The world has been heavily hit by the COVID-19 pandemic. By mid-June 2020, a third of COVID-19 cases and almost half of COVID-19 deaths occurred in Europe. The continuing pandemic presents a severe stress test for healthcare systems.

The pandemic has had a significant impact on people with underlying conditions and those with cardiovascular disease (CVD) in particular. CVD patients who are exposed to COVID-19 are at increased risk of complications and death as the heart and circulatory system is put under great strain. European data show that CVD is the one of the most common comorbidity in deceased COVID-19 patients. Cardiovascular complications linked to COVID-19 are also wide ranging and include cardiac injury, arrhythmia and heart failure.[1] Moreover, COVID-19 seems to be associated to the development of blood clots with studies suggesting that clots arise in 20–30% of critically ill COVID-19 patients.[2] The repercussions of the pandemic on CVD morbidity and mortality risk being exponential.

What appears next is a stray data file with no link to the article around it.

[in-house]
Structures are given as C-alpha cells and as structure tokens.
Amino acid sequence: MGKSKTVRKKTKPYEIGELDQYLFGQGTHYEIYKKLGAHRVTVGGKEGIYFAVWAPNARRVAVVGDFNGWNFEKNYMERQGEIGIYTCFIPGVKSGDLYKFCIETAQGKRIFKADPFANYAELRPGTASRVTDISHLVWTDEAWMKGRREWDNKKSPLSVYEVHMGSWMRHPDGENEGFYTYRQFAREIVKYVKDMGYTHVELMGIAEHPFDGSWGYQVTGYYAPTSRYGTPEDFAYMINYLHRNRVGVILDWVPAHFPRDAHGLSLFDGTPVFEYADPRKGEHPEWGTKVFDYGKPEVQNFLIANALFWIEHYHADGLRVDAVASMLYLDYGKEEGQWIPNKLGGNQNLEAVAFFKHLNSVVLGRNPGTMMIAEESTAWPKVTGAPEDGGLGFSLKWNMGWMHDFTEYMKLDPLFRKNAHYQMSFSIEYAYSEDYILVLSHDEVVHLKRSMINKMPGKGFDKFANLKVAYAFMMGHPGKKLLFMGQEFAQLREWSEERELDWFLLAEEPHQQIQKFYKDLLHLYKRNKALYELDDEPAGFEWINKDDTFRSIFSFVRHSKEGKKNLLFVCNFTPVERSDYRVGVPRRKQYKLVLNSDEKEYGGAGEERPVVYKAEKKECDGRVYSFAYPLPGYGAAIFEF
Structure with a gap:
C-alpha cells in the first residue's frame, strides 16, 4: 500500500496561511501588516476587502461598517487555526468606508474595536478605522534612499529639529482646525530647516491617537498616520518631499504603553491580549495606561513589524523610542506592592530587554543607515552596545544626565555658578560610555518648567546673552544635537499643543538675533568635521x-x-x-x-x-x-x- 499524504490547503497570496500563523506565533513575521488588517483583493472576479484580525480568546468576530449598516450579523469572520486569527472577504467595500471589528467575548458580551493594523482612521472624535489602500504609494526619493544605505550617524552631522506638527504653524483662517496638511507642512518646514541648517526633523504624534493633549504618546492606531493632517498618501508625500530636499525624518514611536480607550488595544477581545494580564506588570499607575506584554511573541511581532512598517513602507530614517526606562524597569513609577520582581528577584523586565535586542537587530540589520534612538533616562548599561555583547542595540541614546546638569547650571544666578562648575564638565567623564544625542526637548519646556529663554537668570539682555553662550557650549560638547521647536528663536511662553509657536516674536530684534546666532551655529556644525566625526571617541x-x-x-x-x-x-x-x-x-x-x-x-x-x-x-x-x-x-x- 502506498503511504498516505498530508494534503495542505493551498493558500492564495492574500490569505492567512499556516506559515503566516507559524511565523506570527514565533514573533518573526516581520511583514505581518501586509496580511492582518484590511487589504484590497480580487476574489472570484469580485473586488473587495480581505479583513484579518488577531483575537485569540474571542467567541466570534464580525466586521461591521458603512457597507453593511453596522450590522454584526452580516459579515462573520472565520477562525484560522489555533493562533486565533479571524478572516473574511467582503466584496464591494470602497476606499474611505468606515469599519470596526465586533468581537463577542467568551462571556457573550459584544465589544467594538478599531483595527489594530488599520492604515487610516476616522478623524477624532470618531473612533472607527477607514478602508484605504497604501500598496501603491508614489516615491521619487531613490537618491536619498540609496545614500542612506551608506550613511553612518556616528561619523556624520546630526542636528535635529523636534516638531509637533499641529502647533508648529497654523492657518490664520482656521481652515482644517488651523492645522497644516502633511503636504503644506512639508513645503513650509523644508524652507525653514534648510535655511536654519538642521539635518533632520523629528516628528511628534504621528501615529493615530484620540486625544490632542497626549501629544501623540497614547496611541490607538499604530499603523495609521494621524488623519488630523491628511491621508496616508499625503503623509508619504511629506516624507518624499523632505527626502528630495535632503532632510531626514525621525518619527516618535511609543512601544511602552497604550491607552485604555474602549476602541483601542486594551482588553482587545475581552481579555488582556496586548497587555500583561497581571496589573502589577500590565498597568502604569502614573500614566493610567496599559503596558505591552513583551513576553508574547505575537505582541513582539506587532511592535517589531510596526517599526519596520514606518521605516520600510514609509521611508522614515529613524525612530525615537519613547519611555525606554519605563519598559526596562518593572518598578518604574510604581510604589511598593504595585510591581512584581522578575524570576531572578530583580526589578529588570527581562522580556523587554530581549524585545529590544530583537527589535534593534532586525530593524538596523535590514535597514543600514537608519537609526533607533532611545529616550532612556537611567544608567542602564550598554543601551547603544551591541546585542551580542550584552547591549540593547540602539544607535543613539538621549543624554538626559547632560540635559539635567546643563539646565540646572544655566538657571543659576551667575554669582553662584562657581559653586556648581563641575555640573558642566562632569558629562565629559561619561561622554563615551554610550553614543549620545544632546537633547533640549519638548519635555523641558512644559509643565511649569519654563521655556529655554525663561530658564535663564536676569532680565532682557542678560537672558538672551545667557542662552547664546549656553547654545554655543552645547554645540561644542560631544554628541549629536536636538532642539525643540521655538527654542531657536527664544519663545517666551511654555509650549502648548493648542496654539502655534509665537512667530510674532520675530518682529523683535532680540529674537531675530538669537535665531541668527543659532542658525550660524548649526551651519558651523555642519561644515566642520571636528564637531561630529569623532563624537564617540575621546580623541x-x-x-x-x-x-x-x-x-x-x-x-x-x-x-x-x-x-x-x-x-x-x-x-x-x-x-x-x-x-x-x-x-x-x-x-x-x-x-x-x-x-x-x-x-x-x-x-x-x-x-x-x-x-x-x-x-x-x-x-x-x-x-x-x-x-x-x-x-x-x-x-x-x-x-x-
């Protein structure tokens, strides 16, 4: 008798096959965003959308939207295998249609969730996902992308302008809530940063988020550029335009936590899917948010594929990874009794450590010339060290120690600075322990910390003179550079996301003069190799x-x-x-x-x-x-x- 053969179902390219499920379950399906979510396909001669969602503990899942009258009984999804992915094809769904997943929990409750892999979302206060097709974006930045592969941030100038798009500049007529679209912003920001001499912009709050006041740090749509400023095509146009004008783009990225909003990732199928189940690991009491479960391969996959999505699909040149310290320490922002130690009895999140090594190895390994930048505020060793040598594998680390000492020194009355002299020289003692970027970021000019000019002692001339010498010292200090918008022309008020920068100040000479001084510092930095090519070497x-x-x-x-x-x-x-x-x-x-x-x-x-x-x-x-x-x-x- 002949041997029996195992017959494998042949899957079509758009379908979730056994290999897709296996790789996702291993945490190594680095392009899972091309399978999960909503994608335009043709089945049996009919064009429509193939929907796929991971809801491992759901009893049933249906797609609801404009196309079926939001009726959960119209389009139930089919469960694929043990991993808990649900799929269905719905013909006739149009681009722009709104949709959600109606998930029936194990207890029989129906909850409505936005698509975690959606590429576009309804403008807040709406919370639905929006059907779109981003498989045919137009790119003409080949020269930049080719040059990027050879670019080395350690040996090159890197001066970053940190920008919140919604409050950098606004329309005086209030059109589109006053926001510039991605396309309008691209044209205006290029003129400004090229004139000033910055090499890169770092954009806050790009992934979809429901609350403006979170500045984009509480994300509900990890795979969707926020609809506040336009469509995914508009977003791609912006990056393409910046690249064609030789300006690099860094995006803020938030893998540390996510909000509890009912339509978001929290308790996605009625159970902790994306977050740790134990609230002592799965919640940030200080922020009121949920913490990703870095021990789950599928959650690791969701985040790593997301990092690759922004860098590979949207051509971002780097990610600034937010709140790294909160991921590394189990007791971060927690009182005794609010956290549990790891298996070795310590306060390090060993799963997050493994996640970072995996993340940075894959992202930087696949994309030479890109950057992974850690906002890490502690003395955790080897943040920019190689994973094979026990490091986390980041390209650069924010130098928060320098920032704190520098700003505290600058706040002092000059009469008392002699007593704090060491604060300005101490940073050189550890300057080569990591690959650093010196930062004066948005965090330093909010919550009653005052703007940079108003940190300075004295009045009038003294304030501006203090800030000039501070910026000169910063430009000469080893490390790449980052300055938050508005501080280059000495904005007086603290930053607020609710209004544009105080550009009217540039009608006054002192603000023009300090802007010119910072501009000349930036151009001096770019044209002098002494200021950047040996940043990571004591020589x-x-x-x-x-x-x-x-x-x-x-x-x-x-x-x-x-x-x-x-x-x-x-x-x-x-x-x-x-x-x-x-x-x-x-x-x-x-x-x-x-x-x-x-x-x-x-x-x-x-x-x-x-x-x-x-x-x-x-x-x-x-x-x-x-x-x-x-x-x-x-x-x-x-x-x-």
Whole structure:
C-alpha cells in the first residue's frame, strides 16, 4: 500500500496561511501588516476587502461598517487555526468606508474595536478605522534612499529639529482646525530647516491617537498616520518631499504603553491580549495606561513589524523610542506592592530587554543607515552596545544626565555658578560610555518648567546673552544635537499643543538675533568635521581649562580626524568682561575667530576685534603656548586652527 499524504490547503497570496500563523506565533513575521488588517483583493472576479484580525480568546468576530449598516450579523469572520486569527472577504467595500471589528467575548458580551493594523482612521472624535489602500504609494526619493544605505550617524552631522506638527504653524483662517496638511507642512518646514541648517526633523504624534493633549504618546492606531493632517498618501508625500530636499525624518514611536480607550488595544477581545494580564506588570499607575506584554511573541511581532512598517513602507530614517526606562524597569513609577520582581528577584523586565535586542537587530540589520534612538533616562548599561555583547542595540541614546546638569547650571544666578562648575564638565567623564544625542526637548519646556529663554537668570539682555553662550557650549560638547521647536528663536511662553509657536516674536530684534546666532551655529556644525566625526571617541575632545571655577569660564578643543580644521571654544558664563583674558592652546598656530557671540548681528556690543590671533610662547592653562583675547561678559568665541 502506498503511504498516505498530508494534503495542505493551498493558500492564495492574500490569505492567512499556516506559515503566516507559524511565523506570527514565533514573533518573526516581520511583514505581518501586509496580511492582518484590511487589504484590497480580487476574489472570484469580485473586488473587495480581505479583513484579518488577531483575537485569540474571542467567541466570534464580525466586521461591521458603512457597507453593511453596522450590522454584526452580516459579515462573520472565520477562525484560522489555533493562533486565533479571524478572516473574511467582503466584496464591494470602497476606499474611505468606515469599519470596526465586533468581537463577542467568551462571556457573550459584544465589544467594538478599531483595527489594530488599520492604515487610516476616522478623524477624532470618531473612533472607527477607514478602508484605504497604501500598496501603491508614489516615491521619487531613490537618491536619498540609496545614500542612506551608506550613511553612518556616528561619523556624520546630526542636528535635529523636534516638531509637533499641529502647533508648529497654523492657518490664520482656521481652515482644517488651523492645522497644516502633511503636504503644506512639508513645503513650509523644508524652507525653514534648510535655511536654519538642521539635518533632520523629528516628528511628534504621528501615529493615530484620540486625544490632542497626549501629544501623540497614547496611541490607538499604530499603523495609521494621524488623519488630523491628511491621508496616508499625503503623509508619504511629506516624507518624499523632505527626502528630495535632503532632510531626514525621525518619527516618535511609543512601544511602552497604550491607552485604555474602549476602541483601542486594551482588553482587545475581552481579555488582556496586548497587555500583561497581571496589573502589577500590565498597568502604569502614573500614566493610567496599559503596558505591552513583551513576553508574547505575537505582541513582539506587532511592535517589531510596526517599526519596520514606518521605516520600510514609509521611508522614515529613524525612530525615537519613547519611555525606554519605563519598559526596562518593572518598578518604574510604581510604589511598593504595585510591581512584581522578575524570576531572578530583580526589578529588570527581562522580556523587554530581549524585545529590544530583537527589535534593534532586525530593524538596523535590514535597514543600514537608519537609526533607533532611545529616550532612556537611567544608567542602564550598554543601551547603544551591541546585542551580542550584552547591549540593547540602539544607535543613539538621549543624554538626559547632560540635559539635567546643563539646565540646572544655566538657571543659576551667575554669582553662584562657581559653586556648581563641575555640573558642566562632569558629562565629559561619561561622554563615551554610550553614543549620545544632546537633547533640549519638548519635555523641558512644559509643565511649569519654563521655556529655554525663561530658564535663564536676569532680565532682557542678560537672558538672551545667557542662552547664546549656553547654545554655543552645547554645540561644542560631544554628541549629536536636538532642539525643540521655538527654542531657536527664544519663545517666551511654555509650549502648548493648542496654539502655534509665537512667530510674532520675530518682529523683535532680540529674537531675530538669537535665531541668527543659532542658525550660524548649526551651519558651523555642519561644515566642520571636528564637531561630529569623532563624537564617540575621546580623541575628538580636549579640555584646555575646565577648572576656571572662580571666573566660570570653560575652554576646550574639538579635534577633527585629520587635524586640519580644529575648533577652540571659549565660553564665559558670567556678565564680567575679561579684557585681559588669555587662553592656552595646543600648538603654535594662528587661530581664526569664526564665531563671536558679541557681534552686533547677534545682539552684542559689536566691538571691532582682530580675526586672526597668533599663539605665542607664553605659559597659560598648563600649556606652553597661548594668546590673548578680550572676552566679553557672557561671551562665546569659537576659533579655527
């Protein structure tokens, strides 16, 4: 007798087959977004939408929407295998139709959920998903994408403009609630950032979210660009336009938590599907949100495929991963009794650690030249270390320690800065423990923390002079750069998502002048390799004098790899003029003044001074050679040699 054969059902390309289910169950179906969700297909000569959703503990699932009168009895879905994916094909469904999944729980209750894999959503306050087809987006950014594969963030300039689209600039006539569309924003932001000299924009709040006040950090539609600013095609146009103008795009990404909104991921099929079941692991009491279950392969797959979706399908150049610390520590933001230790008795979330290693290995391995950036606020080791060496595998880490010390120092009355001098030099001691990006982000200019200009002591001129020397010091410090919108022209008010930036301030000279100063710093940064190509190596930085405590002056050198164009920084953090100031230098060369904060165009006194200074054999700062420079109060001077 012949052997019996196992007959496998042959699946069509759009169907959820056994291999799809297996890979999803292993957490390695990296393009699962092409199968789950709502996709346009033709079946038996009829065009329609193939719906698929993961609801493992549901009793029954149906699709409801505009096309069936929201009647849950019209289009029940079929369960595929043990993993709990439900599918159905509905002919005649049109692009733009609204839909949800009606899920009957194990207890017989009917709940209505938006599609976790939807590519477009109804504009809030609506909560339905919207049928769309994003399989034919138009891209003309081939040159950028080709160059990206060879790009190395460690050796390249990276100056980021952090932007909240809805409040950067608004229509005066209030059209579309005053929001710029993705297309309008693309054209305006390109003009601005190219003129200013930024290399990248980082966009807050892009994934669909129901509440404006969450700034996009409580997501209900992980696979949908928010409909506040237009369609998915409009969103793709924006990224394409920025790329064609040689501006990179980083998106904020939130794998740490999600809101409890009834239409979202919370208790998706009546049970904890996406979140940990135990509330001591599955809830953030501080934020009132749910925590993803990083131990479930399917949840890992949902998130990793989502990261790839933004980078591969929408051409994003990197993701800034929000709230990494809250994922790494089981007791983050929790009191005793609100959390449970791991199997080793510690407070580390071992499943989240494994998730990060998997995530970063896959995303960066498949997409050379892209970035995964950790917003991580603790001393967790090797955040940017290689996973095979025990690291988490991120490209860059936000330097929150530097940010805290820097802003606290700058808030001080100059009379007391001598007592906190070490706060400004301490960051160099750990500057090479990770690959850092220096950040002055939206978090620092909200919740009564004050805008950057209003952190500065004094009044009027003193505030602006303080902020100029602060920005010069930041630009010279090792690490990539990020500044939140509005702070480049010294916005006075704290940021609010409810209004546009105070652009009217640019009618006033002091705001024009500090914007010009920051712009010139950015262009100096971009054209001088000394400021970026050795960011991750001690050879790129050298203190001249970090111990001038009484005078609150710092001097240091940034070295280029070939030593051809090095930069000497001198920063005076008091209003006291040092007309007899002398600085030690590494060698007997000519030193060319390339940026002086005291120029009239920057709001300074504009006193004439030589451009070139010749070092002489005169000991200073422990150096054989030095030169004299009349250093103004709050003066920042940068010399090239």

The pandemic has definitely shown the importance of investing in keeping people healthy. Another important lesson is transforming healthcare services so that they are not relying uniquely on hospitals. Finally, knowing the size of the population at risk of major chronic diseases, such as cardiovascular disease, and therefore also at risk of complications and need for hospitalisation when hit by communicable disease, is key for preparedness.

Research for this paper was mainly conducted before the pandemic. The paper aims to inform about available strategies and tools; it does not aim to address screening for cardiovascular risk in the context of a health crisis.



[2] F.A. Klok et al., Incidence of thrombotic complications in critically ill ICU patients with COVID-19, Thrombosis Research,

Volume 191, 2020, Pages 145-147, Lodigiani C. et al., Venous and arterial thromboembolic complications in COVID-19 patients admitted to an academic hospital in Milan, Italy, Thrombosis Research,

Volume 191, 2020, Pages 9-14,